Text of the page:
By Anna Merlan
By Lee Escobedo
By Alice Laussade
By Scott Reitz
By Claire Lawton
By Kiernan Maletsky
By Anna Merlan
Here's a subject with which no one should ever have to grapple: Is this new version of The Punisher, starring Thomas Jane as the comic-book assassin, better than the 1989 adaptation with Dolph Lundgren? They both offer slight variations on a tale first told in a 1974 Spider-Mancomic, where The Punisher was introduced as a villain, then a year later, when Marvel Comics decided to give him a sympathetic backstory and make him a marketable, franchise-able hero. Both films feature relative unknowns in the role of Frank Castle, a former crime fighter who witnesses the death of his family and transforms into a vigilante killer; Lundgren had appeared in only four films before suiting up as Castle, while Jane is best known, if at all, for playing Mickey Mantle in Billy Crystal's HBO movie 61*. Both star actors once invited to the Oscars: Lou Gossett Jr. played Castle's partner in the 1989 film, while John Travolta is cast as crime lord Howard Saint in director Jonathan Hensleigh's redo. And both movies are equally awful.
It's time for even the most rabid fanboy to admit that the Marvel comic-book-to-feature-film craze has come full circle, from miserable adaptations (1991's Captain Americastarring J.D. Salinger's son, The Punisher) to quality work (Blade, Spider-Man, the second X-Men) and back again (Daredevil, The Hulk, The Punisher). The movies saved Marvel, once on the brink of extinction after years of mismanagement; they gave the company Wall Street credibility and Hollywood currency, to the point that every single Marvel property is currently in development at some studio somewhere. (Next up: The Fantastic Four, Iron Man, Man-Thing, Namorand myriad others with even more obscure heroes.) There is even a Punisher 2in the works, when one is more than enough.
The Punisherwould be almost offensive were it not so inconsequential. There's just something terribly off-putting about a movie in which every gruesome death is a punch line, where a villain's homosexuality is used to lure him to his death and dozens of innocents are gunned down just to launch a film franchise. And while it may be obnoxious, messy fun in the name of cheap thrills--the "shallow, primitive work" that gives the audience "a terrific kick," as Pauline Kael once wrote about the Charles Bronson revenge movie Death Wish--it's also galling, considering that Marvel will also make extra coin off the movie's attendant merchandise, especially The Punisher's skull T-shirt, which every kid will have to own. But The Punisher comics, of which there have been copious variants over the years, aren't meant for kids, no more than this movie is fit for adults; so, hellooooo, comic-book readers.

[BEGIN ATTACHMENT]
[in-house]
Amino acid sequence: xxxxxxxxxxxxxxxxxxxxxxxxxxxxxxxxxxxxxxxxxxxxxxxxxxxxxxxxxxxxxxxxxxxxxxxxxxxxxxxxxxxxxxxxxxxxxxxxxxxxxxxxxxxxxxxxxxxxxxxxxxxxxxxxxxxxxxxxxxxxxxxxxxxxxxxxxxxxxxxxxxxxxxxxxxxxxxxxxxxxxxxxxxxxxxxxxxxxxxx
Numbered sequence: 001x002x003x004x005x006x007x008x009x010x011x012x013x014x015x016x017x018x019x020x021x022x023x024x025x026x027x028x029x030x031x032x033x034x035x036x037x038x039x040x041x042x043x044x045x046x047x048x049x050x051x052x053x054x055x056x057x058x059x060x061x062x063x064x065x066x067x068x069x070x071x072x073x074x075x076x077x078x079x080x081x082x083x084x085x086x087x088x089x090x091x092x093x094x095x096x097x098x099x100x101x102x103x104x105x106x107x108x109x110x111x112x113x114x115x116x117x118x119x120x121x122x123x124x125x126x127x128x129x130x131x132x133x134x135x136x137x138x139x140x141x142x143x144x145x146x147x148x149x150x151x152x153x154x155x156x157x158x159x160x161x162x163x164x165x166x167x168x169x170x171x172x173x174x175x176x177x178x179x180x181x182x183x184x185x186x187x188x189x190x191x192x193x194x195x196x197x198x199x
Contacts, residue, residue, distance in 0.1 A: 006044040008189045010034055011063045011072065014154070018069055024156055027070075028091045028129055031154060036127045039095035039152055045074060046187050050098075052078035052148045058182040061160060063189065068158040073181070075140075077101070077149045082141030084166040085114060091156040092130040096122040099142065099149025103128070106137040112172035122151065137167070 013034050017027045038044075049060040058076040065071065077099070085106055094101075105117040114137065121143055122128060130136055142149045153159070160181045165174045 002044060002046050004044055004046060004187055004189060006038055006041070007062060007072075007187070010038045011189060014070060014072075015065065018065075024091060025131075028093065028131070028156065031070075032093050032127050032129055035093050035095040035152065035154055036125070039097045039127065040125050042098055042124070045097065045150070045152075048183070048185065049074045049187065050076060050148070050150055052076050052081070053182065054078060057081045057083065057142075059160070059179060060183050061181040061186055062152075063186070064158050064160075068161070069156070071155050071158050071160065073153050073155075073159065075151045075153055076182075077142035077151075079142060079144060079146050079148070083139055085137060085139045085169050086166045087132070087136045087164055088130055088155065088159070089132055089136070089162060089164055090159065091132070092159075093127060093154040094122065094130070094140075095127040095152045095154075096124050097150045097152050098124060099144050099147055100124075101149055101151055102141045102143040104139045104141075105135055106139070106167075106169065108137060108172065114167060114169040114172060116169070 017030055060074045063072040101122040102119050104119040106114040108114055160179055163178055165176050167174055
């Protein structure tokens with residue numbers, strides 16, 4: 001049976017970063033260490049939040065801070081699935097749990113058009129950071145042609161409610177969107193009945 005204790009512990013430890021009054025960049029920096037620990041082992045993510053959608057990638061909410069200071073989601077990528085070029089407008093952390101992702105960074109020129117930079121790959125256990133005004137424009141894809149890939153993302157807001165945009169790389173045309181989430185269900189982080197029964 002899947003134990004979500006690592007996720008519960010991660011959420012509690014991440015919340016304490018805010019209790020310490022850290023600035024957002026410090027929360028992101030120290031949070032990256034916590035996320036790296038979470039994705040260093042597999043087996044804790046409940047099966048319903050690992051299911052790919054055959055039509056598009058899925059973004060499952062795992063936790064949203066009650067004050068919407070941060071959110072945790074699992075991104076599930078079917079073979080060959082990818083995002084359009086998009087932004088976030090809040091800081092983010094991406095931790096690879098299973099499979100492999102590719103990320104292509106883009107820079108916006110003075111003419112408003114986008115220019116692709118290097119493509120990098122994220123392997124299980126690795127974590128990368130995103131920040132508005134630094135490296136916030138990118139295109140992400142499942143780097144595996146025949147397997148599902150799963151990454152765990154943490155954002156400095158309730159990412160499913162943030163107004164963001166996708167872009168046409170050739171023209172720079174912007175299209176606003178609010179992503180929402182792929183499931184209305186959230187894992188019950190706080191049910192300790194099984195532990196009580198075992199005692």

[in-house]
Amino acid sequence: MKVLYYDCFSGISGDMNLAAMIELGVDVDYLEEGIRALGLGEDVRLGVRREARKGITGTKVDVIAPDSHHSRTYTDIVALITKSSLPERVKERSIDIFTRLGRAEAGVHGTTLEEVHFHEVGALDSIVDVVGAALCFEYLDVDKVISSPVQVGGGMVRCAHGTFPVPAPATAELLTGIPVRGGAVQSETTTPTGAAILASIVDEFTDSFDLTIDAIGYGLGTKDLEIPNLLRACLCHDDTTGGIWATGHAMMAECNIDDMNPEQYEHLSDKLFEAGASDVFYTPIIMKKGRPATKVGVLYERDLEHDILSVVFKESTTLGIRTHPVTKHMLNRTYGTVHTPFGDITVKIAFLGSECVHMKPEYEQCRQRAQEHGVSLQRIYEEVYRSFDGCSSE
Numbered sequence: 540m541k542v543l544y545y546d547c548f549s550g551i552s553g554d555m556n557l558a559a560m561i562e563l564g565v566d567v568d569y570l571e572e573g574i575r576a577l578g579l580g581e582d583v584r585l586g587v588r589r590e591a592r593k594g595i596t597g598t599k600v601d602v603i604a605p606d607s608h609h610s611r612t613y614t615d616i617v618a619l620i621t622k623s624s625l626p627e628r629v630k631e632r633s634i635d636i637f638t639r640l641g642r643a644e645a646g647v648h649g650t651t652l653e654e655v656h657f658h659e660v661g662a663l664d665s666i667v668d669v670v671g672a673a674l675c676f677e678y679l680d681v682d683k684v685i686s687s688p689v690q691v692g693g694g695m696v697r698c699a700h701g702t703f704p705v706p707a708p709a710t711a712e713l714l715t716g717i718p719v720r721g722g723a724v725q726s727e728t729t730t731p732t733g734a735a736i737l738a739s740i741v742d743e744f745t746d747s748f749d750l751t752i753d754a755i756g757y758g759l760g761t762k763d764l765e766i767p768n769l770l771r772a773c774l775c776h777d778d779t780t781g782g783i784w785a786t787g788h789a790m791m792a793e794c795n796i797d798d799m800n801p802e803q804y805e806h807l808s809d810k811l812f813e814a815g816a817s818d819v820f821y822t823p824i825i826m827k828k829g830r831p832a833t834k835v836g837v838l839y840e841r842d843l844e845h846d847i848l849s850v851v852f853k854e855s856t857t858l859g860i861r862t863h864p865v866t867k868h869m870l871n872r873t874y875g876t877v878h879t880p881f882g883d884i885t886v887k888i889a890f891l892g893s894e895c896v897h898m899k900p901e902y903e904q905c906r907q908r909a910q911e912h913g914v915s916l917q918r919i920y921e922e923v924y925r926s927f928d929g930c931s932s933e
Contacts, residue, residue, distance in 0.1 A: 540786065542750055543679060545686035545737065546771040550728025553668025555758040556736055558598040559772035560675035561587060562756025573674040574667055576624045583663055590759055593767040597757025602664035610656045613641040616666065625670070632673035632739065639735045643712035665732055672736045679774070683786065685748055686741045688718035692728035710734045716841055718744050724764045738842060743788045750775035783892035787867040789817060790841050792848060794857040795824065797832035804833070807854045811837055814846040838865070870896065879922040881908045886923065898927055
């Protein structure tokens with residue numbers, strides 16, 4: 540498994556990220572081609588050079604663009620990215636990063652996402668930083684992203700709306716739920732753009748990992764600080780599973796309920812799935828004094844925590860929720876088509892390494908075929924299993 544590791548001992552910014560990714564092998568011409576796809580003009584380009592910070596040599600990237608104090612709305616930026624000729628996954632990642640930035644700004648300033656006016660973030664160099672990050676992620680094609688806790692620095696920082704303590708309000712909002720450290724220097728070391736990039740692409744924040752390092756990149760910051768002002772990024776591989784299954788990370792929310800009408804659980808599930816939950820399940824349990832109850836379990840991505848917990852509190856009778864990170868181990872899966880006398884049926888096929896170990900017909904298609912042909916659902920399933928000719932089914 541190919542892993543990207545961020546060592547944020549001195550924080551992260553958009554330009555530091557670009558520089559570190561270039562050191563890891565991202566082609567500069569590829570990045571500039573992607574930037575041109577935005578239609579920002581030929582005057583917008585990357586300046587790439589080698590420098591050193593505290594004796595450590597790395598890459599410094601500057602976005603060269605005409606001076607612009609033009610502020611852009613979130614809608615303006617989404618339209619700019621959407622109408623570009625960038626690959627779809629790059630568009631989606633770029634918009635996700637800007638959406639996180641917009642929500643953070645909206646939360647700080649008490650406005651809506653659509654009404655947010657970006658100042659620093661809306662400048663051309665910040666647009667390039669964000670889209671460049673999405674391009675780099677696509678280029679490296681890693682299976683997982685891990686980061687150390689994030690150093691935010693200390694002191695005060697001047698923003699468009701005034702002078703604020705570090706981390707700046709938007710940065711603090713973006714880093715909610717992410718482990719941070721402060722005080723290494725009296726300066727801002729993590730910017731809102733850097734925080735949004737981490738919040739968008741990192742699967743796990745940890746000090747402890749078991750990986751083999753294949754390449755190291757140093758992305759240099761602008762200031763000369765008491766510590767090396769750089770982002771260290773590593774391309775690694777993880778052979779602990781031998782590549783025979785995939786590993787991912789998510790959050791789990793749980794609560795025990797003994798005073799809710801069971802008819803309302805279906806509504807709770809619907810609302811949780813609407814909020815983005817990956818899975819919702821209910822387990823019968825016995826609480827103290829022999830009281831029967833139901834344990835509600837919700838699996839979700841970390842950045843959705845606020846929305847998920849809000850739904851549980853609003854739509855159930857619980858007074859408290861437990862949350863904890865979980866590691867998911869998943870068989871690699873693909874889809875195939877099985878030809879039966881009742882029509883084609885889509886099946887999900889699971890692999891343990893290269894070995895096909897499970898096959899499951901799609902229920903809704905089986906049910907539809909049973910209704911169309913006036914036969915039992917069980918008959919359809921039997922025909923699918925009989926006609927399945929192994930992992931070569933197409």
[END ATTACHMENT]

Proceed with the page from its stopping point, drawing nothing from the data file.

The Punisheris less movie, anyway, than video game, with its puzzle-piece plot contrivances and third-person shoot-'em-ups; Thomas Jane, with hair dyed the color of Firestones, even possesses the limited expressions of an animated character going through the joystick's motions. After watching his entire family killed--including father (played by Roy Scheider, who lost all that jazz), wife (Samantha Mathis) and son--during a beachside family reunion, Jane looks more bored than distraught; the dead get more enraged. Even more confusing is Castle's disappearance after the massacre, during which he's severely wounded. He returns some months later sporting a beard but looking no less buff than before the shooting; even on crutches, he's still doing stomach crunches.
Hensleigh, who co-wrote the movie with Hulk's Michael France (wuh-oh), has succeeded in making that shallow, primitive movie of which Kael wrote. It exists solely so people can get shot, stabbed in the throat, pierced with arrows and blown up; the filmmakers at least keep finding interesting ways for people to die. But as the bodies stack up, The Punisherdrains of emotion. How are we supposed to feel anything when all we're seeing are extras massacred on a movie set? Thomas Jane, as an actor, hasn't given us anything to feel; he's all façade, a blank stare on a handsome face perched beneath a bad dye job. So Frank Castle, the character, is nothing more than a weapon, a gun that keeps going off till its chamber is empty. When he's spent, so's the movie--but not the audience, which couldn't care less about anyone on the screen.
Travolta is no better, playing yet another slimy caricature in yet another career move that erases the audience's good will; the role could have been played by anyone and often feels like it's occupied by no one. Will Patton, bless him, is once more cast in the role of the gay villain who's forced to come out of the closet just so someone can kill him; his Quentin Glass is a rehash of his role in No Way Out, which is how he must feel right about now. And poor Laura Harring, who is cast in the role of Travolta's conniving wife, the woman who orders the hit on Castle's family to begin with after the death of her own son. Roles like this are why people keep referring to her as "the woman in Mulholland Drivewho wasn't Naomi Watts." Docked extra points for its dreadful sludge-rock soundtrack, featuring Nickleback and Drowning Pool. They all oughta be punished.
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